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How Do I Recognize the Symptoms of Shingles?

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  • Written By: Clara Kedrek
  • Edited By: Jessica Seminara
  • Last Modified Date: 03 November 2016
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Shingles, also known as herpes zoster, is a painful skin condition that occurs due to the reactivation of the virus that causes chickenpox. It is most often recognized by a blister-like skin rash that appears in specific patterns on the body. Symptoms of this rash can include pain, burning, itchiness, and tingling. Patients with recurrent bouts of shingles might be able to recognize some symptoms before the skin lesions appear. Others experience prolonged pain at the site of the skin lesions for months or years.

The most obvious of the symptoms of shingles is the skin rash that it causes. Affected patients have eruptions of raised, pus-filled lesions. This rash can be red and painful. Initially the rash resembles blisters, but after these lesions burst the underlying area becomes crusted with a yellowish scab.

Rashes associated with shingles often appear in a certain pattern on the skin. They are said to have a dermatomal pattern, which means that they affect an area of the skin that gets its sensation from one specific nerve. This distribution occurs because shingles represents a reactivation of the varicella-zoster virus that had been lying dormant in the root of the nerve. The dermatomal pattern of shingles often only affects a strip of skin on one side of the body. Although the most common location is on the lateral or posterior chest wall, any area of the body could theoretically be affected.

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Other symptoms of shingles involve the pain and discomfort associated with the rash. The pain can be sharp, tingling, or burning in nature. Some patients develop a symptom called allodynia, which is feeling severe pain after lightly touching the rash. The pain felt by the patient is significantly out of proportion to the stimulus that triggered it. Other patients experience itchiness at the site of the rash, and if they scratch enough that the underlying skin is broken they can put themselves at risk for bacterial infection.

Patients with shingles tend to have recurrent episodes of this condition. The blisters typically resolve after a couple of weeks, but can crop up again in months or years. Some patients are able to identify when they are going to have a recurrence of shingles because they feel symptoms such as tingling and burning of the skin before any blisters are seen. Identifying these symptoms as early as possible can help these patients get the best treatment for their shingles attack.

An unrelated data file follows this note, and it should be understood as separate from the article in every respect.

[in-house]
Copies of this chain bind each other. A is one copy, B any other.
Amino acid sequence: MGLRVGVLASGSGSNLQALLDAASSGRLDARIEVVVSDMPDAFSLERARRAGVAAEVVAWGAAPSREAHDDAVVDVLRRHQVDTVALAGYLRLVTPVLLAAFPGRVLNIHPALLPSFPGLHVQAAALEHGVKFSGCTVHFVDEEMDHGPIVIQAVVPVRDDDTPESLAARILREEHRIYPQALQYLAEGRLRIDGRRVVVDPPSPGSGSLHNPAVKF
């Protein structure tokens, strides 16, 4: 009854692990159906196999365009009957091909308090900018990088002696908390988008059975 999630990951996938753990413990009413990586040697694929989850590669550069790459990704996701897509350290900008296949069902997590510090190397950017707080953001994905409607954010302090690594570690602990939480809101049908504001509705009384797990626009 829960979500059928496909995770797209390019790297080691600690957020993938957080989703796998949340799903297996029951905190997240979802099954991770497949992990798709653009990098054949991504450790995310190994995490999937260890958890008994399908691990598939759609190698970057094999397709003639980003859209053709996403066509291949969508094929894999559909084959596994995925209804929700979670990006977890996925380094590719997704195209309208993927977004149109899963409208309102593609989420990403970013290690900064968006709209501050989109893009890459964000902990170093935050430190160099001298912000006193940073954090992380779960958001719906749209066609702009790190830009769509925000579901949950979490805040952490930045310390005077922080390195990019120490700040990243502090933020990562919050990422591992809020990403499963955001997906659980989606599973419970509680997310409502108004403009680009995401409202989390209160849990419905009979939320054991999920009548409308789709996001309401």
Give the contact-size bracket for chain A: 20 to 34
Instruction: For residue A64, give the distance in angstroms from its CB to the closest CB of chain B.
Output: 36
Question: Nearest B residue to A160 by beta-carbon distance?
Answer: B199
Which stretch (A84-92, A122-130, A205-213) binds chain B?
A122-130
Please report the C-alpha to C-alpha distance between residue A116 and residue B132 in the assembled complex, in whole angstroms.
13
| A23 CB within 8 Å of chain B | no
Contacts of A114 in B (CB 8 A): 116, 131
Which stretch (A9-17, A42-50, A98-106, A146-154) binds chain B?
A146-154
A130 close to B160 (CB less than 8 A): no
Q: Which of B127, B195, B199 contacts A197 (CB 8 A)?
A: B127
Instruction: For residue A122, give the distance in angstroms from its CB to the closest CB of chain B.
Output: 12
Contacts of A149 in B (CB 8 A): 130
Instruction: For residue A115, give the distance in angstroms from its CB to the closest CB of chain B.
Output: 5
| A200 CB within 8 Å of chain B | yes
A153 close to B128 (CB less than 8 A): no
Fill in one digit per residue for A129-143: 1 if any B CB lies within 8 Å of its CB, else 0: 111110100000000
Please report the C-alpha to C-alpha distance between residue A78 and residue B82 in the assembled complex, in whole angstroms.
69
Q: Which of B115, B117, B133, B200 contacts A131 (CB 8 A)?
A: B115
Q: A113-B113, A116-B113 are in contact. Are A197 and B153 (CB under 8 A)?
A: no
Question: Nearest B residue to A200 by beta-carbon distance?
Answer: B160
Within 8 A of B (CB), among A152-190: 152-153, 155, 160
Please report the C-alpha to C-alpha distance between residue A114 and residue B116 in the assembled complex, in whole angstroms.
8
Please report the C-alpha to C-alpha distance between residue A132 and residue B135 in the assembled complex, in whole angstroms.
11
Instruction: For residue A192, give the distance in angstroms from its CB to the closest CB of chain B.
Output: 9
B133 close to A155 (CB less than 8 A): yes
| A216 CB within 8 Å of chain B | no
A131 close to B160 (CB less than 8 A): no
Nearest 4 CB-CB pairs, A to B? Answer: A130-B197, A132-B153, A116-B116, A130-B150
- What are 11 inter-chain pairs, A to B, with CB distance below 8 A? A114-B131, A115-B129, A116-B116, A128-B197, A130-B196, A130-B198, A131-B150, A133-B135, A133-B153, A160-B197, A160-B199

Some patients have symptoms of shingles even after the blisters resolve, a condition known as "post-herpetic neuralgia." They continue to have pain for months after the rash resolves. Symptoms can include tingling, numbness, burning pain, or the sensation that their skin is crawling.

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Rotergirl
Post 2

One of my co-workers was out for about a week with shingles. She didn't have as severe a case as she could have. Her sister is a nurse and recognized the symptoms and got her to the doctor.

Her main issue were the two lesions on her back. She said they burned the worst and kept lidocaine patches on them for about a month. She kept the patches in the fridge so they would ease the burn immediately when she put them on her skin.

I've had a couple of friends who had shingles also, and they said the best advice they got was to keep the patches in the refrigerator. They said the burning stopped immediately when they put the cold patches on their skin.

Pippinwhite
Post 1

It cannot be stressed too strongly how important early shingles treatment is! A doctor can give an injection and start someone on medication, and the earlier, the better. My mom recognized her symptoms right away and went to the doctor. He said every hour you get treatment under the 12-hour mark after symptoms appear, the better off you are.

One important thing to remember is that the skin tingling or burning will only be on one side of the body per breakout. That's a good indicator. Also, many people will have a stiff neck or fever, say, 12 or so hours before the lesions show up. Mom had stiffness and felt a lesion just under the skin on her neck. It hadn't erupted yet.

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